1792 essays

The Subjugation of Women

Wollstonecraft argues the case for women’s rights entirely in libertarian terms of equal and natural rights.

Consider, I address you as a legislator, whether, when men contend for their freedom, and to be allowed to judge for themselves respecting their own happiness, it be not inconsistent and unjust to subjugate women, even though you firmly believe that you are acting in the manner best calculated to promote their happiness? Who made man the exclusive judge, if woman partake with him the gift of reason? …

Let there be then no coercion established in society, and the common law of gravity prevailing, the sexes will fall into their proper places. And, now that more equitable laws are forming your citizens, marriage may become more sacred: your young men may choose wives from motives of affection, and your maidens allow love to root out vanity… .

As to the argument respecting the subjection in which the sex has ever been held, it retorts on man. The many have always been enthralled by the few; and monsters, who scarcely have shewn any discernment of human excellence, have tyrannized over thousands of their fellow-creatures. Why have men of superiour endowments submitted to such degradation? For, is it not universally acknowledged that kings, viewed collectively, have ever been inferior, in abilities and virtue, to the same number of men taken from the common mass of mankind-yet, have they not, and are they not still treated with a degree of reverence that is an insult to reason? China is not the only country where a living man has been made a God. Men have submitted to superior strength to enjoy with impunity the pleasure of the moment-women have only done the same, and therefore till it is proved that the courtier, who servilely resigns the birthright of a man, is not a moral agent, it cannot be demonstrated that woman is essentially inferior to man because she has always been subjugated.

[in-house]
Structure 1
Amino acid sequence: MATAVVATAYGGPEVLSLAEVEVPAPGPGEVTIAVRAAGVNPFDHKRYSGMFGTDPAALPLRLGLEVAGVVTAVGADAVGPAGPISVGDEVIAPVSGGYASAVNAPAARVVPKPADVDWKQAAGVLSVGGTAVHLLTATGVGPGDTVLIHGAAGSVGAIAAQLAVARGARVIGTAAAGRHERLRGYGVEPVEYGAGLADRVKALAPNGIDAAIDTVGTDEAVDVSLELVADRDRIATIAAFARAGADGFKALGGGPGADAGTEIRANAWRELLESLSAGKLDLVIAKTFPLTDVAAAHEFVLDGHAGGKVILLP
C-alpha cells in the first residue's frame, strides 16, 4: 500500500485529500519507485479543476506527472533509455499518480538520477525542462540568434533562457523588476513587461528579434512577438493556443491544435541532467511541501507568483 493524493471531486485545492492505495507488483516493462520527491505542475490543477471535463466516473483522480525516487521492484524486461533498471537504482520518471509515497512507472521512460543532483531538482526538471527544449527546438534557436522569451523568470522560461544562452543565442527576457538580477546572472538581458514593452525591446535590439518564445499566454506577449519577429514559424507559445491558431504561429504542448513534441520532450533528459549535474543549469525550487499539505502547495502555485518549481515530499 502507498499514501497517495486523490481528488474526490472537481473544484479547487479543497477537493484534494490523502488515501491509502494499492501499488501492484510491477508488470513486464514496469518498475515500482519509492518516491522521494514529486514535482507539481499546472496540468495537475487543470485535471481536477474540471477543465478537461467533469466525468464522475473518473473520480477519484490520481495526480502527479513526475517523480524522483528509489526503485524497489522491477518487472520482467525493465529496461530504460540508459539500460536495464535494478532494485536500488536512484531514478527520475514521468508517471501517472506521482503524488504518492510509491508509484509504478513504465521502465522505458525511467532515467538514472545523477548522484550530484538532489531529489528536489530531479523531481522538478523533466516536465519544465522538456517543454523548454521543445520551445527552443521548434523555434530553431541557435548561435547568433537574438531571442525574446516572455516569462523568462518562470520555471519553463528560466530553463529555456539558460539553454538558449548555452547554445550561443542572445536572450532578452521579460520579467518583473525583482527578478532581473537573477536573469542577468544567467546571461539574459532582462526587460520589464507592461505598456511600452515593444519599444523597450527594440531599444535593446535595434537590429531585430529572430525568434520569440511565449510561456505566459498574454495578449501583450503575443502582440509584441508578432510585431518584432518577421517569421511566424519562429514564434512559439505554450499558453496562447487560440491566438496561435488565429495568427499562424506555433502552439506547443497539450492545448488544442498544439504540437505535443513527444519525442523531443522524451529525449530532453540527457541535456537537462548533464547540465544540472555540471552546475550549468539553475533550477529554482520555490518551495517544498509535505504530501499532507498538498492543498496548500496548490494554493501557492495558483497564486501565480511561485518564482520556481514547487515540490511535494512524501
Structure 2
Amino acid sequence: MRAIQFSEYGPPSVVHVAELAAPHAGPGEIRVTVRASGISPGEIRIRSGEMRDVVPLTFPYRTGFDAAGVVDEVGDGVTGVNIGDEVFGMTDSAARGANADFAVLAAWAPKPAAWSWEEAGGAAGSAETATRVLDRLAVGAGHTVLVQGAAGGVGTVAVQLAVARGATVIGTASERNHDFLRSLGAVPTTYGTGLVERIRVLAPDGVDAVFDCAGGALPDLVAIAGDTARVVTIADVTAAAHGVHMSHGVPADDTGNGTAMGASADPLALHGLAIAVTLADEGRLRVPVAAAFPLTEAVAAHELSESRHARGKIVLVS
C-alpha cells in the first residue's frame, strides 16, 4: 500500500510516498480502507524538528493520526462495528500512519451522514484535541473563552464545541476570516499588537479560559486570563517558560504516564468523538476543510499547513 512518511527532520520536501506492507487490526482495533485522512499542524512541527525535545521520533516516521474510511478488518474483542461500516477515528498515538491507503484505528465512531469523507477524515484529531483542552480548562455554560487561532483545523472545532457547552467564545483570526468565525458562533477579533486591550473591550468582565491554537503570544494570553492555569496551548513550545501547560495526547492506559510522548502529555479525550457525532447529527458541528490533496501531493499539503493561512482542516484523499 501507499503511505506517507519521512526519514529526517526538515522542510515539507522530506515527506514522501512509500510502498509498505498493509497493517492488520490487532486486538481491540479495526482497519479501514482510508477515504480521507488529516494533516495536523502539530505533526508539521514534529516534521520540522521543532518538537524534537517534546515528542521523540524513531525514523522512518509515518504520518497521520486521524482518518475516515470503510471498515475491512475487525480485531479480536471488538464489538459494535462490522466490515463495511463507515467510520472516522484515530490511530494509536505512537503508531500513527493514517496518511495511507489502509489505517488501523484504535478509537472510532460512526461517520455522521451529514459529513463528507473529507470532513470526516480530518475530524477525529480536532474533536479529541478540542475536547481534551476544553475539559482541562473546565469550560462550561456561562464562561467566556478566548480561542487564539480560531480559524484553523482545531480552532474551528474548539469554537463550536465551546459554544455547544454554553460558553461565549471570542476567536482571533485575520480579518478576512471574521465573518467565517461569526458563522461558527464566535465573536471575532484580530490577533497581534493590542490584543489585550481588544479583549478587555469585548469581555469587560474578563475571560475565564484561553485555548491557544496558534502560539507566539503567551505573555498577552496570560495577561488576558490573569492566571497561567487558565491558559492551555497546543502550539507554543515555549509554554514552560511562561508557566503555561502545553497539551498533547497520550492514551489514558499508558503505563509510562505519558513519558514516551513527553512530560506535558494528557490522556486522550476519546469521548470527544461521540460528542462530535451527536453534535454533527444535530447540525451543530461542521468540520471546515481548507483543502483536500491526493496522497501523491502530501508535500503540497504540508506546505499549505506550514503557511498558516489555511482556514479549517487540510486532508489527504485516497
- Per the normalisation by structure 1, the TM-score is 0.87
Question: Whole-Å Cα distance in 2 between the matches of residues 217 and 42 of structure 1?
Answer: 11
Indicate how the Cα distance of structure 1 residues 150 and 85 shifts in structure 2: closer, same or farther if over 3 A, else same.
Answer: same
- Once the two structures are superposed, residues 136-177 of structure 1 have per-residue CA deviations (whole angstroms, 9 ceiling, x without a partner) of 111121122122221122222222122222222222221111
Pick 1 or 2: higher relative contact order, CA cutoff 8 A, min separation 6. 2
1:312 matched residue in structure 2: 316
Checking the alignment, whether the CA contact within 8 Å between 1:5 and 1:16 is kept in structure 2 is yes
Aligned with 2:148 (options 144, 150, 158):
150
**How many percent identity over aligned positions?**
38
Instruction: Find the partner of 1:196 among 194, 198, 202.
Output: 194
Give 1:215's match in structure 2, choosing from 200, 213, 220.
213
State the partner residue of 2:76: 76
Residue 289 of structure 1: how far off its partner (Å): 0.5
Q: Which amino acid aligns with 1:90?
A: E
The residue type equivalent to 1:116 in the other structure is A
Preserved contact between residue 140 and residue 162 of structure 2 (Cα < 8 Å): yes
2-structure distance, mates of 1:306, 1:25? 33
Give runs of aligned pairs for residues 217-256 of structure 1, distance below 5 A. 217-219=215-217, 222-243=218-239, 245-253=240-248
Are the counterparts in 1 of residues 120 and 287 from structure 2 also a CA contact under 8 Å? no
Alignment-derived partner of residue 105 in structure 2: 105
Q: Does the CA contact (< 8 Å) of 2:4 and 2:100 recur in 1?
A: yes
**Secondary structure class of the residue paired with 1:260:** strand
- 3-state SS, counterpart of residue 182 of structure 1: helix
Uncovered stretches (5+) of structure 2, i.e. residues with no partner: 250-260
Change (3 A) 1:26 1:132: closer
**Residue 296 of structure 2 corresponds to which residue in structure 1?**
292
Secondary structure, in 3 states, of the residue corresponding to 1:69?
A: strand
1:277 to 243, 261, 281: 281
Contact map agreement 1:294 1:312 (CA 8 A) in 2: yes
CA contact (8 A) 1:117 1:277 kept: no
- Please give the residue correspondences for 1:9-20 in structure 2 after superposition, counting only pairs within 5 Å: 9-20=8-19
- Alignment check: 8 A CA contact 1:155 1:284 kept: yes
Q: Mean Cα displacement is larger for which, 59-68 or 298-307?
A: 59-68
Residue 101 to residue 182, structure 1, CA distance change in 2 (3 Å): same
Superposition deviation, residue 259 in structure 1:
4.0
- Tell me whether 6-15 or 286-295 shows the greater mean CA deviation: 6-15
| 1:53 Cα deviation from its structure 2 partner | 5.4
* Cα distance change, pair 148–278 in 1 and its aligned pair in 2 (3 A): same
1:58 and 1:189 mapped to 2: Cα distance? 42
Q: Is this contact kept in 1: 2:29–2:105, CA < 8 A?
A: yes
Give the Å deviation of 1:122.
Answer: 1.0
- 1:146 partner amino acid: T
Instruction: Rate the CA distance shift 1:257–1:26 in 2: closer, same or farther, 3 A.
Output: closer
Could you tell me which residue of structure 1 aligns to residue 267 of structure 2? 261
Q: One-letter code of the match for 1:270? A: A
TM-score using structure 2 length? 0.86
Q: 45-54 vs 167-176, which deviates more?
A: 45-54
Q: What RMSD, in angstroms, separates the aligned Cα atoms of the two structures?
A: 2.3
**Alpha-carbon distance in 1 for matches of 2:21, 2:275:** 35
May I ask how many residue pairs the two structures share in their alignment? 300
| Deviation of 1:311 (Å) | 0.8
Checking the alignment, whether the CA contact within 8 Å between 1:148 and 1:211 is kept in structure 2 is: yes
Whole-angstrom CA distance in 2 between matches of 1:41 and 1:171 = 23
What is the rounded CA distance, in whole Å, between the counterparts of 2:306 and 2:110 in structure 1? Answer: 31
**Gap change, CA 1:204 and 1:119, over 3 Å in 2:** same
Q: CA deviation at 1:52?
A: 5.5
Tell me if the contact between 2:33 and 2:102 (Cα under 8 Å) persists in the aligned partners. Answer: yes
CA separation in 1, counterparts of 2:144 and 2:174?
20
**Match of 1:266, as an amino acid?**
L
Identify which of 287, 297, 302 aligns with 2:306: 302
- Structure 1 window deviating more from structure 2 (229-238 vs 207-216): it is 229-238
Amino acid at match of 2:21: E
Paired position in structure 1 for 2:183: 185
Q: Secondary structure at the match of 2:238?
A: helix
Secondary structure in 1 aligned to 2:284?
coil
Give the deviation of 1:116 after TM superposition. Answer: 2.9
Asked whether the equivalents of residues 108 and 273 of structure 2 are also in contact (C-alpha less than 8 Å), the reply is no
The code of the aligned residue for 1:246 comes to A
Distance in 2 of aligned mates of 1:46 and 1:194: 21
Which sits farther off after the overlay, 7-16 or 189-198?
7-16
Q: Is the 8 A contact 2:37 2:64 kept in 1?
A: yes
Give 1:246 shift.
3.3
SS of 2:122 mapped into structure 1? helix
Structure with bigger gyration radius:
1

Brutal force has hitherto governed the world, and that the science of politics is in its infancy, is evident from philosophers scrupling to give the knowledge most useful to man that determinate distinction.

I shall not pursue this argument any further than to establish an obvious inference, that as sound politics diffuse liberty, mankind, including woman, will become more wise and virtuous… .

Women are, in common with men, rendered weak and luxurious by the relaxing pleasures which wealth procures; but added to this they are made slaves to their persons, and must render them alluring that man may lend them his reason to guide their tottering steps aright. Or should they be ambitious, they must govern their tyrants by sinister tricks, for without rights there cannot be any incumbent duties. The laws respecting woman, which I mean to discuss in a future part, make an absurd unit of a man and his wife; and then, by the easy transition of only considering him as responsible, she is reduced to a mere cypher… .